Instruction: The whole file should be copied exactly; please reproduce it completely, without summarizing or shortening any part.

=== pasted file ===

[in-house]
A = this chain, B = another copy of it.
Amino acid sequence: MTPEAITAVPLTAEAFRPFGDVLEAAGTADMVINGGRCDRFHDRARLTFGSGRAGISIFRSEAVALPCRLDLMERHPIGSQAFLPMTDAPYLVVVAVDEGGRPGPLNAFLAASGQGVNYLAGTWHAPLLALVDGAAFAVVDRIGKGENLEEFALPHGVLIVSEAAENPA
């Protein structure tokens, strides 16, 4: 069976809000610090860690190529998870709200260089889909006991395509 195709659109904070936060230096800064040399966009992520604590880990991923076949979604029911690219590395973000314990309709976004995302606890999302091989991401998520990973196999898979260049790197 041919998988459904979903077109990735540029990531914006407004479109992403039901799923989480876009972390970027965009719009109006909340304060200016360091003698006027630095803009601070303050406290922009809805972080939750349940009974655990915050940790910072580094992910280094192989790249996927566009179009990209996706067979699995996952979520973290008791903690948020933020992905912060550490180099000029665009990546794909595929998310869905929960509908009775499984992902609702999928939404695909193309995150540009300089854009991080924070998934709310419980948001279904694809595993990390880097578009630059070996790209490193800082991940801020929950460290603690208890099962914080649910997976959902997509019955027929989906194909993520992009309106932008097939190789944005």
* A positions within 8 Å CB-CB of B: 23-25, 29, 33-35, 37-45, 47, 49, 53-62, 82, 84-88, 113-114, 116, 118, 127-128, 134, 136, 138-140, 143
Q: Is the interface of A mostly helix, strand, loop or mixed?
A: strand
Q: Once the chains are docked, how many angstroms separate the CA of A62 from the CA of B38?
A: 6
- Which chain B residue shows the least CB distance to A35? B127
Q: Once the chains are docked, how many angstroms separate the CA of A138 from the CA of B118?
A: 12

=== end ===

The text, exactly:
[in-house]
A = this chain, B = another copy of it.
Amino acid sequence: MTPEAITAVPLTAEAFRPFGDVLEAAGTADMVINGGRCDRFHDRARLTFGSGRAGISIFRSEAVALPCRLDLMERHPIGSQAFLPMTDAPYLVVVAVDEGGRPGPLNAFLAASGQGVNYLAGTWHAPLLALVDGAAFAVVDRIGKGENLEEFALPHGVLIVSEAAENPA
């Protein structure tokens, strides 16, 4: 069976809000610090860690190529998870709200260089889909006991395509 195709659109904070936060230096800064040399966009992520604590880990991923076949979604029911690219590395973000314990309709976004995302606890999302091989991401998520990973196999898979260049790197 041919998988459904979903077109990735540029990531914006407004479109992403039901799923989480876009972390970027965009719009109006909340304060200016360091003698006027630095803009601070303050406290922009809805972080939750349940009974655990915050940790910072580094992910280094192989790249996927566009179009990209996706067979699995996952979520973290008791903690948020933020992905912060550490180099000029665009990546794909595929998310869905929960509908009775499984992902609702999928939404695909193309995150540009300089854009991080924070998934709310419980948001279904694809595993990390880097578009630059070996790209490193800082991940801020929950460290603690208890099962914080649910997976959902997509019955027929989906194909993520992009309106932008097939190789944005």
* A positions within 8 Å CB-CB of B: 23-25, 29, 33-35, 37-45, 47, 49, 53-62, 82, 84-88, 113-114, 116, 118, 127-128, 134, 136, 138-140, 143
Q: Is the interface of A mostly helix, strand, loop or mixed?
A: strand
Q: Once the chains are docked, how many angstroms separate the CA of A62 from the CA of B38?
A: 6
- Which chain B residue shows the least CB distance to A35? B127
Q: Once the chains are docked, how many angstroms separate the CA of A138 from the CA of B118?
A: 12